Small Grains and Forage

Cereal Leaf Beetle

Oulema melanopus Linnaeus

Appearance and Life History

Adult Cereal Leaf Beetle Adult
Photo by B. Christine

Cereal leaf beetle has been in the United States since about 1962. It spread rapidly throughout the Great Lakes area in the 1960's. Although not the pest it once was, cereal leaf beetle can still damage small grains.

Adult cereal leaf beetle is very distinctive. It is about 3/16 inch (4.7 mm) long, with a metallic bluish-black head and wing covers. Its legs and thorax (area just behind the head) are reddish-orange.

Cereal leaf beetle overwinters as an adult in clusters wherever it can find shelter under crop debris, in fence post cracks, behind the loose bark of trees, etc. Once spring temperatures exceed 60°F (16°C), the beetle emerges from its hibernation site to feed, usually attacking wild grasses, such as quack grass and orchard grass. Then it flies to small grain fields.

While feeding in small grains during the early spring, the female beetle lays tiny (smaller than a pinhead), elliptical, yellow eggs usually next to the mid-rib on the upper surface of the leaves. The eggs are deposited singly or in rows of up to three or four, but never in clusters.

Cereal Leaf Beetle Larva Larvae
Photo by J. Obermeyer

The larva of the cereal leaf beetle is slightly longer than the adult and is slug-like. The larva is yellow to yellowish-brown in color, but it is almost always covered with its own fecal material. This fecal material is deposited on its back for protection against predators.

The larva pupates in the soil of small grain fields. The adult emerges by mid-June. The young beetle typically migrates to corn fields where the plants are young and succulent. The beetle feeds on corn leaves for several weeks. The plants usually outgrow the damage before aestivating (entering a state of inactivity) for the remainder of the summer.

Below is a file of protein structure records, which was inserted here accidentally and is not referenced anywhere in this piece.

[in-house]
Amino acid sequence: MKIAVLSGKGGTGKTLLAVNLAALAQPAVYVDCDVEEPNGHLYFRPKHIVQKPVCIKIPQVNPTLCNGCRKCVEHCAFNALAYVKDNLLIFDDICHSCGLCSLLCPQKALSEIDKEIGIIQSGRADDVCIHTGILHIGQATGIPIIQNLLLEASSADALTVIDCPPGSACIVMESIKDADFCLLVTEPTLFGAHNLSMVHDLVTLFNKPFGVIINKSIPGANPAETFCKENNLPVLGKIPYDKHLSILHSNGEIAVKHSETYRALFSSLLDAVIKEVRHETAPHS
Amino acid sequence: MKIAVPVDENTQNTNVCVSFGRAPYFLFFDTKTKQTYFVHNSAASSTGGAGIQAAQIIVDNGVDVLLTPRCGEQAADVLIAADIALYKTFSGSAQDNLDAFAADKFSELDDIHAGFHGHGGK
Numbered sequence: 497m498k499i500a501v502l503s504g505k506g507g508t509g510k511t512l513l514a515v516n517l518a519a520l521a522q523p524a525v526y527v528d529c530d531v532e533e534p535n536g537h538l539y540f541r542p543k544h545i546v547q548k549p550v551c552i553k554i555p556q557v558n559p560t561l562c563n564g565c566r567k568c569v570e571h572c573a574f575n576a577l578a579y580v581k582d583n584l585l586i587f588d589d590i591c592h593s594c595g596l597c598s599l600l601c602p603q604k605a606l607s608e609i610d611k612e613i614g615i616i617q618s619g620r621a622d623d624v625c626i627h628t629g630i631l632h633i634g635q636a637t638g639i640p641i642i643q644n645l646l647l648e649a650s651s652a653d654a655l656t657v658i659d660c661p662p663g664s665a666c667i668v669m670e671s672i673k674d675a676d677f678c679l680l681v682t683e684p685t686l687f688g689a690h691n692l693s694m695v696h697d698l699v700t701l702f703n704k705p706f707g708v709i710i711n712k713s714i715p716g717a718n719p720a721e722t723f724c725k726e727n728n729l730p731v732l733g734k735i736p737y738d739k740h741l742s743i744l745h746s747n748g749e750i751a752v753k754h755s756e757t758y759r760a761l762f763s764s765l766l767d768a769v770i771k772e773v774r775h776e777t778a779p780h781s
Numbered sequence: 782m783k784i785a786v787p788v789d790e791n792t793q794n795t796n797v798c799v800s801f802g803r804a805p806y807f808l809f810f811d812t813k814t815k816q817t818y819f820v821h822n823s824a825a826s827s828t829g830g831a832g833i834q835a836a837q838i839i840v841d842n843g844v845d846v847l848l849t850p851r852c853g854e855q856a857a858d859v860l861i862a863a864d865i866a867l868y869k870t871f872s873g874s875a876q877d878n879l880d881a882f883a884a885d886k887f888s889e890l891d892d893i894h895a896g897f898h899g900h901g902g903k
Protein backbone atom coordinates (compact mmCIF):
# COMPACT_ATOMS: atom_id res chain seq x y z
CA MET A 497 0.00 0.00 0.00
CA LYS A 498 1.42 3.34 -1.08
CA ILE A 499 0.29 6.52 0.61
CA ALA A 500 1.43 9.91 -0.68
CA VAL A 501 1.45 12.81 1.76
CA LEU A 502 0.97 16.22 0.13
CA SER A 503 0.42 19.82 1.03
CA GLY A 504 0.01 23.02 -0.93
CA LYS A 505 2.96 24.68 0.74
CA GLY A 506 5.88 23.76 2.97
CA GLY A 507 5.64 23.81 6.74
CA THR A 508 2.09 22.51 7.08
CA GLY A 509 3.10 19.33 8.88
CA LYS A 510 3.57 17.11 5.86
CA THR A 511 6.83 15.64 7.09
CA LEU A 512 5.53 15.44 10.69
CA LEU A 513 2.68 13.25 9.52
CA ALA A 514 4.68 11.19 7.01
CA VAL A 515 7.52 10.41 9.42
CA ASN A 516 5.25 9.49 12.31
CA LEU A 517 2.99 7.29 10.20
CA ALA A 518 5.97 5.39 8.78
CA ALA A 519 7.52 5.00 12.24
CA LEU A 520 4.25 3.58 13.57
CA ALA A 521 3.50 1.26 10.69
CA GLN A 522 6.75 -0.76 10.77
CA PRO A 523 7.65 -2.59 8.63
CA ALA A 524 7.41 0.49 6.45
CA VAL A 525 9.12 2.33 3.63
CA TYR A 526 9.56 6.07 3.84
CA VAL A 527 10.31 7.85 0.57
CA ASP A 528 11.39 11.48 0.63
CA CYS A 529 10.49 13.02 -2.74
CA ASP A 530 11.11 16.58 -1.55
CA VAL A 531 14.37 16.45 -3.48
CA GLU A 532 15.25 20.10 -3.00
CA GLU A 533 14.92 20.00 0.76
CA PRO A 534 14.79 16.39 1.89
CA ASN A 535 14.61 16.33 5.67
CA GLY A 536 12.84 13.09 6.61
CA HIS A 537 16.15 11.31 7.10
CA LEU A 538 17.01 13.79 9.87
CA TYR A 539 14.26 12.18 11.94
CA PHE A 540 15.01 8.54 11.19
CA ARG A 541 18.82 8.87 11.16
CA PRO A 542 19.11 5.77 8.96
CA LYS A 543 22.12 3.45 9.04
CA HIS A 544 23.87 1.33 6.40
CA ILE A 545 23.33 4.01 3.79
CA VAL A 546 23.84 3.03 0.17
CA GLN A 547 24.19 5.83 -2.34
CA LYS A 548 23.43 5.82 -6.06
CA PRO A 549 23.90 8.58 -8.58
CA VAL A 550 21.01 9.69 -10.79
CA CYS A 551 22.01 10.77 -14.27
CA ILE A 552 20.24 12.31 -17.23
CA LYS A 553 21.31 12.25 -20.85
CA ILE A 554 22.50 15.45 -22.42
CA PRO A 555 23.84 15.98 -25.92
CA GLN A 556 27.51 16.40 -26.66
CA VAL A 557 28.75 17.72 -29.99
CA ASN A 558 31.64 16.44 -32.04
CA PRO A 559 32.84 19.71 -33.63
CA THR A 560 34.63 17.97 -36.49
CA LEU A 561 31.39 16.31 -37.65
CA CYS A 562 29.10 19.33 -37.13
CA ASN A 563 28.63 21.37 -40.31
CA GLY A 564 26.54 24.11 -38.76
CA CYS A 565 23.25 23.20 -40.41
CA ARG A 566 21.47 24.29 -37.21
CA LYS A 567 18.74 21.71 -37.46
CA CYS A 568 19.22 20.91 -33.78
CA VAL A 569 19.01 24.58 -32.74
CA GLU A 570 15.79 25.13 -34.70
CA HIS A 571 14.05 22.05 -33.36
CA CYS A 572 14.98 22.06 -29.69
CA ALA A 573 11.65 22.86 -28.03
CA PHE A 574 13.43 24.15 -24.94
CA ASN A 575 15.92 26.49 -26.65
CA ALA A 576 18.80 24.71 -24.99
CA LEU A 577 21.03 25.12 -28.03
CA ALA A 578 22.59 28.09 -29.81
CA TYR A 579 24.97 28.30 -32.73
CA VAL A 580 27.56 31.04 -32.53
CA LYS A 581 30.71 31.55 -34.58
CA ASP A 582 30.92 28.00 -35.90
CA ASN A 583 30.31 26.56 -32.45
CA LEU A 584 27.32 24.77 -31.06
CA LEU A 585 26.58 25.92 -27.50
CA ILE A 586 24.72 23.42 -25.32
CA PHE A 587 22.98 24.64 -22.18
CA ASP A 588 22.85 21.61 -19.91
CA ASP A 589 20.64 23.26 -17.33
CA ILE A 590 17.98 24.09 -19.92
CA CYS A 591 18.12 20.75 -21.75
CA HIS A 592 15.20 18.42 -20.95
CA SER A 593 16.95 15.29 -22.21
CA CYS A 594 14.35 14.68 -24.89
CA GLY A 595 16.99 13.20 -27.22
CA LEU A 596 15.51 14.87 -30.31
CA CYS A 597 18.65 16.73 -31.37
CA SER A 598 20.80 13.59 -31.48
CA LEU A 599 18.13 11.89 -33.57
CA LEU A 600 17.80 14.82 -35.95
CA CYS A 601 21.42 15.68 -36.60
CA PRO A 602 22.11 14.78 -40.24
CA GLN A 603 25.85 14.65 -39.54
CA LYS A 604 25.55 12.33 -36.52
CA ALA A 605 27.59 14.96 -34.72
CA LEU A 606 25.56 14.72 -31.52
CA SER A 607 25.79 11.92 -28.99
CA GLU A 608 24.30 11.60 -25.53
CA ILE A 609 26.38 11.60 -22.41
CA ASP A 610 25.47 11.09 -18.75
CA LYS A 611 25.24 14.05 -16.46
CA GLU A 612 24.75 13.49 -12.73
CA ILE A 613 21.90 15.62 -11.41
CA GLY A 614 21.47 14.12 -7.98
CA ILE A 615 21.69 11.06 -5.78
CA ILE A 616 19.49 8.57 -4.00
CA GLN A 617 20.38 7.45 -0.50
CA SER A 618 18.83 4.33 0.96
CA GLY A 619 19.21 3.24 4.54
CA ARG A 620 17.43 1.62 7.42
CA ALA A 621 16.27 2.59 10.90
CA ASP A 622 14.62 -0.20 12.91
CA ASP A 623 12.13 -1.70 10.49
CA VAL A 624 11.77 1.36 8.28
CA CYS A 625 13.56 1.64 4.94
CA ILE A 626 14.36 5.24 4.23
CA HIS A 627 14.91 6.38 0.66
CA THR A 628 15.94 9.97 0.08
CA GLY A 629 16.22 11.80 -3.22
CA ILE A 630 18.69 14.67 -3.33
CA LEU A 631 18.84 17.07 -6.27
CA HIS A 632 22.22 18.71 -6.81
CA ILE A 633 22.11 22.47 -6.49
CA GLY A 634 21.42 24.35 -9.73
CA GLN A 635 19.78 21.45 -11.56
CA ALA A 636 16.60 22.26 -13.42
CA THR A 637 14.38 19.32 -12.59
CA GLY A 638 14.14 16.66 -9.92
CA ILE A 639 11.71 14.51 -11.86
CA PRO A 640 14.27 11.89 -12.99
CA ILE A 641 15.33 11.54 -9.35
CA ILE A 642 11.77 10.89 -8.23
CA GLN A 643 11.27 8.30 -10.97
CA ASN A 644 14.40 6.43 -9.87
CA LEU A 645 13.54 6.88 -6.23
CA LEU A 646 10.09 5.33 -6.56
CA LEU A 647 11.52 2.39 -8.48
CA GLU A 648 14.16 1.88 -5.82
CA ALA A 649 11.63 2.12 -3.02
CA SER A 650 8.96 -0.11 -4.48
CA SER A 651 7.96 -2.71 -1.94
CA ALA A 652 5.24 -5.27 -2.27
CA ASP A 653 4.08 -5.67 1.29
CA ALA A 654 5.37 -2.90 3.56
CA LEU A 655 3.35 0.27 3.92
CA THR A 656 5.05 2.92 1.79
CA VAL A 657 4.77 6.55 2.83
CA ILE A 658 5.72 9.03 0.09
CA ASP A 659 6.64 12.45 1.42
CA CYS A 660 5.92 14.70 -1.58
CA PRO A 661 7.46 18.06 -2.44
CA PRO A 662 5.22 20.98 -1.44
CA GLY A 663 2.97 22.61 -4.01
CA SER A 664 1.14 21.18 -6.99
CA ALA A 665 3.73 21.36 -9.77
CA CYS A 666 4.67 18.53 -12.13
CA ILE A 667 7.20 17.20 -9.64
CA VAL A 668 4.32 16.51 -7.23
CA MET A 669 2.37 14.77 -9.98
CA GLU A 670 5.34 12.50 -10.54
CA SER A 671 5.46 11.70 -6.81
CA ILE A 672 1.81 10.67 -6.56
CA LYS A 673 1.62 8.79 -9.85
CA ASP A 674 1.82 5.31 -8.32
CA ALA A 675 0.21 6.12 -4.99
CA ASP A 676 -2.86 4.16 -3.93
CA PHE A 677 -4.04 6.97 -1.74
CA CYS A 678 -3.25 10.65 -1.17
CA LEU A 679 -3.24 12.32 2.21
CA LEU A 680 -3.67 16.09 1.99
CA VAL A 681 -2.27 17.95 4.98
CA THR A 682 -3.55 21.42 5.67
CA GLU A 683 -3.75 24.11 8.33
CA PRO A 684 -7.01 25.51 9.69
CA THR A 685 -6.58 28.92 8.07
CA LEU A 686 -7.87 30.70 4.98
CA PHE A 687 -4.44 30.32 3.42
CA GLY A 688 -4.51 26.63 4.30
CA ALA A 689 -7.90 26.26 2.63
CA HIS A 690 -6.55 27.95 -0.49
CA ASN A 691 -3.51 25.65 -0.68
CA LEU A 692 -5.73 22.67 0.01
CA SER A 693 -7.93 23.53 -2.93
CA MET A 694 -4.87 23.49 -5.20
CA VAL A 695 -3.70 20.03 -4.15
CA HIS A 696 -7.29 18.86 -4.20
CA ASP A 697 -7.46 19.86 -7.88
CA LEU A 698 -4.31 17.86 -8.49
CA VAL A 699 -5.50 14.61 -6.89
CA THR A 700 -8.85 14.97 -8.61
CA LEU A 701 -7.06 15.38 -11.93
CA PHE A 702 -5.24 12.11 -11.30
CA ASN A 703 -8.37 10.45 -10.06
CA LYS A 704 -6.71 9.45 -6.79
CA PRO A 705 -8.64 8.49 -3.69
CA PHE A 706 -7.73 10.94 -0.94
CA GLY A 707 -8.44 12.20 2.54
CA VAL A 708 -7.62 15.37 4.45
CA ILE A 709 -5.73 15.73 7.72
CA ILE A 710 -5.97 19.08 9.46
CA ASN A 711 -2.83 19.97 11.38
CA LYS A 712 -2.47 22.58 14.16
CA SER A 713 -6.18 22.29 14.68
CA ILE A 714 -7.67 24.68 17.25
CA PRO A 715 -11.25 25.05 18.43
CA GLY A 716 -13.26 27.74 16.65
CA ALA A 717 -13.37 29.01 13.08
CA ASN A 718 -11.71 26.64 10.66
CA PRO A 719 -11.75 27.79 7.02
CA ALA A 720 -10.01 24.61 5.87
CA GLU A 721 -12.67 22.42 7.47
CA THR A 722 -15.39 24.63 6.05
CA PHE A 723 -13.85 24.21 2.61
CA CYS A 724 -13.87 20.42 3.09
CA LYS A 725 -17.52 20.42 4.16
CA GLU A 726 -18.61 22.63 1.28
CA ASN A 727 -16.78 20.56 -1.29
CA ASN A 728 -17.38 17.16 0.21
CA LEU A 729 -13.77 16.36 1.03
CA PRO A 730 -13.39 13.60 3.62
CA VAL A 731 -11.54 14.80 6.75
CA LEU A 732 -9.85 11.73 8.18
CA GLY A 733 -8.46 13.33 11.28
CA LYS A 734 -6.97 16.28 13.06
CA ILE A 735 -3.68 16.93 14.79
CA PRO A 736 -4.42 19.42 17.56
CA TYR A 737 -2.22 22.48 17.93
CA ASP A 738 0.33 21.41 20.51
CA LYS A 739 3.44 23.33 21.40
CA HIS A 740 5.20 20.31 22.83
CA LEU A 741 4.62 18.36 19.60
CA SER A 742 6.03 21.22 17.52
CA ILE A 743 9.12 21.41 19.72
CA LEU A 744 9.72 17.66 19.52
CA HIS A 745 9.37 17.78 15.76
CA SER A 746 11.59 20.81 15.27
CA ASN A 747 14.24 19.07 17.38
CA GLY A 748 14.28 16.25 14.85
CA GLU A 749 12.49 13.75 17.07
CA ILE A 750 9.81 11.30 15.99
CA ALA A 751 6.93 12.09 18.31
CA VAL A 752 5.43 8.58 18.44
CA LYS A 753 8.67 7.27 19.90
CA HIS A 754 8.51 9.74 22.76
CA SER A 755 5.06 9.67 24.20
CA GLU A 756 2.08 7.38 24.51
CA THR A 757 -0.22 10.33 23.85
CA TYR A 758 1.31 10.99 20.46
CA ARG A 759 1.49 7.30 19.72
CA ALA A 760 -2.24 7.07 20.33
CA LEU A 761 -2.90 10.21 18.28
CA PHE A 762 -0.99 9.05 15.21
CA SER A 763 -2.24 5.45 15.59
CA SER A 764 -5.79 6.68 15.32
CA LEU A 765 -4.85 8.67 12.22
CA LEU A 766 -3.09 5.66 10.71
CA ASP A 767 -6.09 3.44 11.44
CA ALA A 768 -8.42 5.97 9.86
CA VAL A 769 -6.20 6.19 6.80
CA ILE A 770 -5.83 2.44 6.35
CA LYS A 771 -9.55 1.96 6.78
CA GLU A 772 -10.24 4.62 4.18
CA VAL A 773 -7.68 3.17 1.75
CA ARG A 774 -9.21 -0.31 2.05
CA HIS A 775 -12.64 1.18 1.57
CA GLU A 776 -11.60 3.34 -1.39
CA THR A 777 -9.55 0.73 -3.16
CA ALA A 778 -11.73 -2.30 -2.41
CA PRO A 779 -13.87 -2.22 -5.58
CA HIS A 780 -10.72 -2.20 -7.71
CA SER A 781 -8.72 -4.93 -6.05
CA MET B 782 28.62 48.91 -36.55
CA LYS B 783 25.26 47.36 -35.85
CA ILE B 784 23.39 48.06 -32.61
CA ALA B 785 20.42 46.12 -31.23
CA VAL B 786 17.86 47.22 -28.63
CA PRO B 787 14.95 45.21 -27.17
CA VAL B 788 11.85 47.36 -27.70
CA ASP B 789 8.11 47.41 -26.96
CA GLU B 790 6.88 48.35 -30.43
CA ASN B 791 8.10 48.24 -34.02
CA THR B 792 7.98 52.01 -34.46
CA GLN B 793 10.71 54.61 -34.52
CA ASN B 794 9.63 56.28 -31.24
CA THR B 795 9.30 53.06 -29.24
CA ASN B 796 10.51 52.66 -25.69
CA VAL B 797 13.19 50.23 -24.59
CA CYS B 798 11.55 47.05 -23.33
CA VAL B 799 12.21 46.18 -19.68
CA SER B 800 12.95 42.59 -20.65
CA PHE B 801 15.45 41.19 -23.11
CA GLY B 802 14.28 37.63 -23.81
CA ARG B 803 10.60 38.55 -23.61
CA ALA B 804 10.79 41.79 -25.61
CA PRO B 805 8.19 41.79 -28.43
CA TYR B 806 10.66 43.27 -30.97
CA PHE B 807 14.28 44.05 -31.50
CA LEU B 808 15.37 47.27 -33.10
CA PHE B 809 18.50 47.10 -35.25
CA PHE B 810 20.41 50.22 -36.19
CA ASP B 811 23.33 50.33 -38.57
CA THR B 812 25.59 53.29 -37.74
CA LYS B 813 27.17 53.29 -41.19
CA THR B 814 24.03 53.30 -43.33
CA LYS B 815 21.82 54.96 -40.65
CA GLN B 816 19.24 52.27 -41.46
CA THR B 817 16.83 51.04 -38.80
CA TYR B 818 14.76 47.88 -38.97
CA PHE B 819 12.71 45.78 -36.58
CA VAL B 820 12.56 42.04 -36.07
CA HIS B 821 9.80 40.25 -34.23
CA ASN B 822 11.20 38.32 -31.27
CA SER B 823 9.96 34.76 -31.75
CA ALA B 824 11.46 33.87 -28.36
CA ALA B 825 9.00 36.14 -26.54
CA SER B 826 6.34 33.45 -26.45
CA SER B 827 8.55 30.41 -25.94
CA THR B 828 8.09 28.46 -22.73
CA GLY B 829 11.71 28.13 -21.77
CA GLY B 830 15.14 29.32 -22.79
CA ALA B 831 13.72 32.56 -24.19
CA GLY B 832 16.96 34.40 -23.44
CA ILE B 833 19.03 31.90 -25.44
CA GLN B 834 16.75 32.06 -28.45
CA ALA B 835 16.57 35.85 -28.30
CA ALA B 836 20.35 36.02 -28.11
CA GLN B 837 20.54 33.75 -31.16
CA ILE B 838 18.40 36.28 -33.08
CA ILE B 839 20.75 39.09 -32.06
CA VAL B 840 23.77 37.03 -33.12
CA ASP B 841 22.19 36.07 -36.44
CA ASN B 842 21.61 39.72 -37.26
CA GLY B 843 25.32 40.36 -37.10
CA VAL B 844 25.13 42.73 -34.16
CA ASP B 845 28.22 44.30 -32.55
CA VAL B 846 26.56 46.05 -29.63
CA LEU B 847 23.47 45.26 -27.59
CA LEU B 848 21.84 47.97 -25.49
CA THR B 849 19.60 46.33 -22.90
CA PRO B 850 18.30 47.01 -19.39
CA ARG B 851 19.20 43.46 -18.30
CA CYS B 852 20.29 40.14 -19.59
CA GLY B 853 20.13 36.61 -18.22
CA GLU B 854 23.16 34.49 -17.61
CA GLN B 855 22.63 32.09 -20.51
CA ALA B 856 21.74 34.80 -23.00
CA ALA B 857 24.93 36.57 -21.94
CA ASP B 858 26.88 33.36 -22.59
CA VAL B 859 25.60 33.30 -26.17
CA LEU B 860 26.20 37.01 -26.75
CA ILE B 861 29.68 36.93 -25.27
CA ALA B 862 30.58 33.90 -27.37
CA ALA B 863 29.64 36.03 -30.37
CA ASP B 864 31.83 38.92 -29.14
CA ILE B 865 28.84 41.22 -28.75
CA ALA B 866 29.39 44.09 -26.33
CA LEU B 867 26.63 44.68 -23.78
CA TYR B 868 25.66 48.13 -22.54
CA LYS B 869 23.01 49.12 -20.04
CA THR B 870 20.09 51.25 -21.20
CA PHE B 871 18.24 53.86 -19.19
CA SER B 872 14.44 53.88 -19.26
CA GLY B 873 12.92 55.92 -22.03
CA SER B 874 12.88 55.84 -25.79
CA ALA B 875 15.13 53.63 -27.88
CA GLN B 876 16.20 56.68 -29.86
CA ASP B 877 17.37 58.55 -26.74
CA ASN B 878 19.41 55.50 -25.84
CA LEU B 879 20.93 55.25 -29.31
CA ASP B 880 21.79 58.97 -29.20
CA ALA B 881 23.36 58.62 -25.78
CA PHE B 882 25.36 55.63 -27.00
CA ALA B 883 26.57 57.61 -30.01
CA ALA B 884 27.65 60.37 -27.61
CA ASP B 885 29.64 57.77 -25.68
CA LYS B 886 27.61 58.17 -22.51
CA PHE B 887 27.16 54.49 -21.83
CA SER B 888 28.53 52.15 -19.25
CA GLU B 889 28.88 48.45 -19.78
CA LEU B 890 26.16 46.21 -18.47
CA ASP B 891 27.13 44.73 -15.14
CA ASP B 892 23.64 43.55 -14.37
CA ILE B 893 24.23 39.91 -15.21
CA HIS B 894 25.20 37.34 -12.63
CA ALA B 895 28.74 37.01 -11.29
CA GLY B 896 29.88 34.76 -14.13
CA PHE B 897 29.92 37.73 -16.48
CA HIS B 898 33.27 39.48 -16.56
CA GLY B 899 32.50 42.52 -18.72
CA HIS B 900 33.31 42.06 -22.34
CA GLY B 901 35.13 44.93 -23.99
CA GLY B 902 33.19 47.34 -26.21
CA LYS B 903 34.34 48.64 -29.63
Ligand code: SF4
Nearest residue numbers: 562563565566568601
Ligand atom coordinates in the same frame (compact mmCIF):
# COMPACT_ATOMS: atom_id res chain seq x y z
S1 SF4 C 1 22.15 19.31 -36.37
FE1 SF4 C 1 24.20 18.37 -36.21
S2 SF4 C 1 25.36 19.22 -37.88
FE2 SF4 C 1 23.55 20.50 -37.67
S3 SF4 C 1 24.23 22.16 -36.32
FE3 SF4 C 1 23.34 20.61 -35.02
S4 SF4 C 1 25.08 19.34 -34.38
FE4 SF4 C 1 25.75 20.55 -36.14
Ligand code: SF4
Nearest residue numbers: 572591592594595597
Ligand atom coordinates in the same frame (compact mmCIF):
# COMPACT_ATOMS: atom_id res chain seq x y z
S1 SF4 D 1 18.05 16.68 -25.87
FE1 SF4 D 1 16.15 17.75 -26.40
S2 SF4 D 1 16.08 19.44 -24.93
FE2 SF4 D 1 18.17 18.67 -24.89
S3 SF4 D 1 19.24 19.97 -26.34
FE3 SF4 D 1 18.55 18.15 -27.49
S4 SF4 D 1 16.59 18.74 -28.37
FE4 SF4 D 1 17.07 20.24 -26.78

Time of Attack to Small Grains - Cereal Leaf Beetle

Damage

Damage to untreated area of field Damage to untreated area of field
Photo by Purdue University

Adult cereal leaf beetle damage appears as longitudinal slits eaten out from between the leaf veins. High populations on small grain seedlings may kill plants. It is the larva that causes the most injury to small grains. It eats the outer surface of leaves, giving the plants a silver cast. A badly infested field will look frost damaged.

Sampling Method

To check for cereal leaf beetle, carefully examine 20 stems in each of 5 areas of the field. Record the number of eggs, larvae, and/or adults found on each stem and also determine the percentage of leaf area damaged. Also, note the stage of development of the plants.

Management Guidelines

Small Grains Insect Control Recommendations: E-series 220-W (PDF)

Control may be advisable if more than 1 larva or adult per stem can be found.

If control is necessary, contact your state Cooperative Extension Service or click here for control materials and rates.